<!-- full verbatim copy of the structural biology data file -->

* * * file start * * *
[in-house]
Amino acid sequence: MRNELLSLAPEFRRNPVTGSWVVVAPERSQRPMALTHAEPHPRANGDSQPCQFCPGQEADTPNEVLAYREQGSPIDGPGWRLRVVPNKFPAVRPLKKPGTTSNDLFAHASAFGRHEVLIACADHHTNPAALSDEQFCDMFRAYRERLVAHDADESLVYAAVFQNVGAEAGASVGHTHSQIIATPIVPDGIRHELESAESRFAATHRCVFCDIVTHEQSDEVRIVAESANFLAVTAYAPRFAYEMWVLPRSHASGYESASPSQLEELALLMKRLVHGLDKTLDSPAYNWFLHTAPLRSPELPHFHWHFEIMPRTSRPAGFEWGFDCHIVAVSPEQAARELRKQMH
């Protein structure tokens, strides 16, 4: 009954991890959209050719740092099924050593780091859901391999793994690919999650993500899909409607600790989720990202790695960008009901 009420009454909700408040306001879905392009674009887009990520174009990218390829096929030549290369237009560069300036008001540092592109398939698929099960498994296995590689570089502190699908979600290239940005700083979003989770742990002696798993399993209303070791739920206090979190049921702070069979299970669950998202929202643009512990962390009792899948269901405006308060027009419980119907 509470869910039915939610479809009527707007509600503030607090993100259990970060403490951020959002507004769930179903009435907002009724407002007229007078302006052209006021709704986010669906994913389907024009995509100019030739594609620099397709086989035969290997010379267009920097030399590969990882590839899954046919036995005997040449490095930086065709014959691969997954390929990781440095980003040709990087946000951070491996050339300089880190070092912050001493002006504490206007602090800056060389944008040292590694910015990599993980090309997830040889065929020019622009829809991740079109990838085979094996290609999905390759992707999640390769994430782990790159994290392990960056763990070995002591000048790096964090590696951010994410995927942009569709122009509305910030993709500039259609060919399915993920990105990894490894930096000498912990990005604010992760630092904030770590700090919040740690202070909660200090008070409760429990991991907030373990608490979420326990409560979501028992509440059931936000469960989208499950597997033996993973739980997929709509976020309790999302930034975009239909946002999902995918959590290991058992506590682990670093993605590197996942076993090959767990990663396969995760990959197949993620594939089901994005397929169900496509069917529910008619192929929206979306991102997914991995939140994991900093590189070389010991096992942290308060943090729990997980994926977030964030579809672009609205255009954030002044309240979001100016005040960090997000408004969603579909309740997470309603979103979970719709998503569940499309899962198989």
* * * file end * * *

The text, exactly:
[in-house]
Amino acid sequence: MRNELLSLAPEFRRNPVTGSWVVVAPERSQRPMALTHAEPHPRANGDSQPCQFCPGQEADTPNEVLAYREQGSPIDGPGWRLRVVPNKFPAVRPLKKPGTTSNDLFAHASAFGRHEVLIACADHHTNPAALSDEQFCDMFRAYRERLVAHDADESLVYAAVFQNVGAEAGASVGHTHSQIIATPIVPDGIRHELESAESRFAATHRCVFCDIVTHEQSDEVRIVAESANFLAVTAYAPRFAYEMWVLPRSHASGYESASPSQLEELALLMKRLVHGLDKTLDSPAYNWFLHTAPLRSPELPHFHWHFEIMPRTSRPAGFEWGFDCHIVAVSPEQAARELRKQMH
């Protein structure tokens, strides 16, 4: 009954991890959209050719740092099924050593780091859901391999793994690919999650993500899909409607600790989720990202790695960008009901 009420009454909700408040306001879905392009674009887009990520174009990218390829096929030549290369237009560069300036008001540092592109398939698929099960498994296995590689570089502190699908979600290239940005700083979003989770742990002696798993399993209303070791739920206090979190049921702070069979299970669950998202929202643009512990962390009792899948269901405006308060027009419980119907 509470869910039915939610479809009527707007509600503030607090993100259990970060403490951020959002507004769930179903009435907002009724407002007229007078302006052209006021709704986010669906994913389907024009995509100019030739594609620099397709086989035969290997010379267009920097030399590969990882590839899954046919036995005997040449490095930086065709014959691969997954390929990781440095980003040709990087946000951070491996050339300089880190070092912050001493002006504490206007602090800056060389944008040292590694910015990599993980090309997830040889065929020019622009829809991740079109990838085979094996290609999905390759992707999640390769994430782990790159994290392990960056763990070995002591000048790096964090590696951010994410995927942009569709122009509305910030993709500039259609060919399915993920990105990894490894930096000498912990990005604010992760630092904030770590700090919040740690202070909660200090008070409760429990991991907030373990608490979420326990409560979501028992509440059931936000469960989208499950597997033996993973739980997929709509976020309790999302930034975009239909946002999902995918959590290991058992506590682990670093993605590197996942076993090959767990990663396969995760990959197949993620594939089901994005397929169900496509069917529910008619192929929206979306991102997914991995939140994991900093590189070389010991096992942290308060943090729990997980994926977030964030579809672009609205255009954030002044309240979001100016005040960090997000408004969603579909309740997470309603979103979970719709998503569940499309899962198989």